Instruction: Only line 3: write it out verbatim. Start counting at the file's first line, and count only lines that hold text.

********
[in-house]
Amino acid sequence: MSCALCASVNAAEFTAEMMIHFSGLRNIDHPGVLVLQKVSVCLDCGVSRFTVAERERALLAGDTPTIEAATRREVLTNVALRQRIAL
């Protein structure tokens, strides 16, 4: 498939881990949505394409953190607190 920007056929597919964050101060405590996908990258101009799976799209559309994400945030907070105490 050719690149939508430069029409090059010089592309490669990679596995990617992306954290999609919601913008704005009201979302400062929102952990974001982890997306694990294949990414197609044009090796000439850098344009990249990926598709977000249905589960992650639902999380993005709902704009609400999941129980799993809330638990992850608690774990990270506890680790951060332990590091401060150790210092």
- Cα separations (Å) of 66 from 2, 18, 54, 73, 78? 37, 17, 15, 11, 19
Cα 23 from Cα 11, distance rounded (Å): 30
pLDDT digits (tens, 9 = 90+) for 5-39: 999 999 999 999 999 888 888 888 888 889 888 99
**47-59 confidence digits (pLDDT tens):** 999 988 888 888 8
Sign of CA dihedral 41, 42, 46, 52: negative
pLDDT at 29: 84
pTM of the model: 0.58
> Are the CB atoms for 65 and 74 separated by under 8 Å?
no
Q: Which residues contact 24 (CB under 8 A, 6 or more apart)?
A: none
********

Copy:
């Protein structure tokens, strides 16, 4: 498939881990949505394409953190607190 920007056929597919964050101060405590996908990258101009799976799209559309994400945030907070105490 050719690149939508430069029409090059010089592309490669990679596995990617992306954290999609919601913008704005009201979302400062929102952990974001982890997306694990294949990414197609044009090796000439850098344009990249990926598709977000249905589960992650639902999380993005709902704009609400999941129980799993809330638990992850608690774990990270506890680790951060332990590091401060150790210092």